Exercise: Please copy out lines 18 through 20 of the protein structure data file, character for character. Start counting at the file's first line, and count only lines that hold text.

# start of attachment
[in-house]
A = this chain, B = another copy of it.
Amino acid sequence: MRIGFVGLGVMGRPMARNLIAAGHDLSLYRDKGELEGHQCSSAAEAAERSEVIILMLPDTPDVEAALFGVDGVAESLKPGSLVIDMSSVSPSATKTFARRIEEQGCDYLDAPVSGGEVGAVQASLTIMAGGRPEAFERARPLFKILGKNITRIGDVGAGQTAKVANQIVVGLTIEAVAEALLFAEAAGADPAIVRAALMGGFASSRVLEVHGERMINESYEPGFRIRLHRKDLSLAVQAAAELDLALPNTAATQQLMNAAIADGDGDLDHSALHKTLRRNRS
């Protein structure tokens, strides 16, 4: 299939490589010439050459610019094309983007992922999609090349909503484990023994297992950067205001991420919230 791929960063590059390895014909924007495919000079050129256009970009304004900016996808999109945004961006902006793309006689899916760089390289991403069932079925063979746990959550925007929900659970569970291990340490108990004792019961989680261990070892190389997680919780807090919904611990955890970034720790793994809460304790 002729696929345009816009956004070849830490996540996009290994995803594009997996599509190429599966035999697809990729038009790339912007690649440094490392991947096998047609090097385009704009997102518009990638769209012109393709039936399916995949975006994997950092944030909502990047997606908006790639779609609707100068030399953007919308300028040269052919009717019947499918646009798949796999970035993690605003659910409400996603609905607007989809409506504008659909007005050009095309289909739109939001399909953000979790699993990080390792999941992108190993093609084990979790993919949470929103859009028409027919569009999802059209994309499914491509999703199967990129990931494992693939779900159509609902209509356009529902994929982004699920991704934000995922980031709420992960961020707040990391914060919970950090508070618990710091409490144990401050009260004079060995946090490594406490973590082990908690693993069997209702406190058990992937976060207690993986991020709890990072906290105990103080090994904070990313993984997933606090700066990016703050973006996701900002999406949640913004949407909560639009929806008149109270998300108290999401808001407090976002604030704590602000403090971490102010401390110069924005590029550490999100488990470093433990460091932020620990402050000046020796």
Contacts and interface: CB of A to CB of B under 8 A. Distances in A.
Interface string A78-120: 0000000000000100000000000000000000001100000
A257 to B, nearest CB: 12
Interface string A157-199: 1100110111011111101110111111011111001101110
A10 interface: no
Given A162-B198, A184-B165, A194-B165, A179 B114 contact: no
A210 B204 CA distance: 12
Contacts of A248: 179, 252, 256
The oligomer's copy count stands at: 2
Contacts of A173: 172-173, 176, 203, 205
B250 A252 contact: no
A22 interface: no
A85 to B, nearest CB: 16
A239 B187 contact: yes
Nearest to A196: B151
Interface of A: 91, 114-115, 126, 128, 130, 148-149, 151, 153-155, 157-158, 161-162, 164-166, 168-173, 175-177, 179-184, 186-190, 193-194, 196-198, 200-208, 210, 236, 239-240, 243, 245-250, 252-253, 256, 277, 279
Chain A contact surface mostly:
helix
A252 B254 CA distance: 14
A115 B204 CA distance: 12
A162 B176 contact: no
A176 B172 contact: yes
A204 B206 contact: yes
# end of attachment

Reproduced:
A239 B187 contact: yes
Nearest to A196: B151
Interface of A: 91, 114-115, 126, 128, 130, 148-149, 151, 153-155, 157-158, 161-162, 164-166, 168-173, 175-177, 179-184, 186-190, 193-194, 196-198, 200-208, 210, 236, 239-240, 243, 245-250, 252-253, 256, 277, 279